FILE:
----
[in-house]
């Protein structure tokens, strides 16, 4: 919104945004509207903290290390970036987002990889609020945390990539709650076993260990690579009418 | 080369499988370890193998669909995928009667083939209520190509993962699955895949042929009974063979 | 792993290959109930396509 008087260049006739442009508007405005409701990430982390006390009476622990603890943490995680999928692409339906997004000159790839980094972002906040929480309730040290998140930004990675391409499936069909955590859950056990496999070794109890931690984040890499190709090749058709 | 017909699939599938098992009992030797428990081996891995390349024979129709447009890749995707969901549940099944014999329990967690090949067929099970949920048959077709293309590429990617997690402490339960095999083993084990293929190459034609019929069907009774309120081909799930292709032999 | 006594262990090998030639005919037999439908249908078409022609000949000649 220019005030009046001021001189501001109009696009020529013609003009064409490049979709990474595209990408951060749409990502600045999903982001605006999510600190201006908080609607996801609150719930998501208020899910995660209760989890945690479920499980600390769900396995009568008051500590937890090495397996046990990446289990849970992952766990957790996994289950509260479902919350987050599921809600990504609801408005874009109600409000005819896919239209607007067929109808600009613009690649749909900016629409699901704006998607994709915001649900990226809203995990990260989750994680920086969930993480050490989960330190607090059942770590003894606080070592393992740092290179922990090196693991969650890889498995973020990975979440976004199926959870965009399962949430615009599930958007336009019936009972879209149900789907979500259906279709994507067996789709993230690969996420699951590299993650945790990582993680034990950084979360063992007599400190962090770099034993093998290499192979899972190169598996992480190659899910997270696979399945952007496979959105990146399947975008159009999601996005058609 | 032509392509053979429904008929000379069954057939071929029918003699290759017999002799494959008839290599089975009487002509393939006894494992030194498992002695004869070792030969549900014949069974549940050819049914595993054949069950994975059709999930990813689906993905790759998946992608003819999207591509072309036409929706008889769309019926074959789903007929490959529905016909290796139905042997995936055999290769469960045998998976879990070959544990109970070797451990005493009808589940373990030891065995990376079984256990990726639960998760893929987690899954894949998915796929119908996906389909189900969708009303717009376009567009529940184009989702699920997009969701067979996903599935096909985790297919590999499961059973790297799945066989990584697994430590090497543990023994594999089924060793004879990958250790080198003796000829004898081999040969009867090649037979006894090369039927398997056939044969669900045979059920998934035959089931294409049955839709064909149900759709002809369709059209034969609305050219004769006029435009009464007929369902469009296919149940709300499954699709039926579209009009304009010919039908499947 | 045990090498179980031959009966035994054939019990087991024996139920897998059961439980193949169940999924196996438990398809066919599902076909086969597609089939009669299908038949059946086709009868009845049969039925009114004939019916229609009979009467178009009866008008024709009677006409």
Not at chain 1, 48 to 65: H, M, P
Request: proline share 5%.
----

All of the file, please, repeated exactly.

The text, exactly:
[in-house]
């Protein structure tokens, strides 16, 4: 919104945004509207903290290390970036987002990889609020945390990539709650076993260990690579009418 | 080369499988370890193998669909995928009667083939209520190509993962699955895949042929009974063979 | 792993290959109930396509 008087260049006739442009508007405005409701990430982390006390009476622990603890943490995680999928692409339906997004000159790839980094972002906040929480309730040290998140930004990675391409499936069909955590859950056990496999070794109890931690984040890499190709090749058709 | 017909699939599938098992009992030797428990081996891995390349024979129709447009890749995707969901549940099944014999329990967690090949067929099970949920048959077709293309590429990617997690402490339960095999083993084990293929190459034609019929069907009774309120081909799930292709032999 | 006594262990090998030639005919037999439908249908078409022609000949000649 220019005030009046001021001189501001109009696009020529013609003009064409490049979709990474595209990408951060749409990502600045999903982001605006999510600190201006908080609607996801609150719930998501208020899910995660209760989890945690479920499980600390769900396995009568008051500590937890090495397996046990990446289990849970992952766990957790996994289950509260479902919350987050599921809600990504609801408005874009109600409000005819896919239209607007067929109808600009613009690649749909900016629409699901704006998607994709915001649900990226809203995990990260989750994680920086969930993480050490989960330190607090059942770590003894606080070592393992740092290179922990090196693991969650890889498995973020990975979440976004199926959870965009399962949430615009599930958007336009019936009972879209149900789907979500259906279709994507067996789709993230690969996420699951590299993650945790990582993680034990950084979360063992007599400190962090770099034993093998290499192979899972190169598996992480190659899910997270696979399945952007496979959105990146399947975008159009999601996005058609 | 032509392509053979429904008929000379069954057939071929029918003699290759017999002799494959008839290599089975009487002509393939006894494992030194498992002695004869070792030969549900014949069974549940050819049914595993054949069950994975059709999930990813689906993905790759998946992608003819999207591509072309036409929706008889769309019926074959789903007929490959529905016909290796139905042997995936055999290769469960045998998976879990070959544990109970070797451990005493009808589940373990030891065995990376079984256990990726639960998760893929987690899954894949998915796929119908996906389909189900969708009303717009376009567009529940184009989702699920997009969701067979996903599935096909985790297919590999499961059973790297799945066989990584697994430590090497543990023994594999089924060793004879990958250790080198003796000829004898081999040969009867090649037979006894090369039927398997056939044969669900045979059920998934035959089931294409049955839709064909149900759709002809369709059209034969609305050219004769006029435009009464007929369902469009296919149940709300499954699709039926579209009009304009010919039908499947 | 045990090498179980031959009966035994054939019990087991024996139920897998059961439980193949169940999924196996438990398809066919599902076909086969597609089939009669299908038949059946086709009868009845049969039925009114004939019916229609009979009467178009009866008008024709009677006409």
Not at chain 1, 48 to 65: H, M, P
Request: proline share 5%.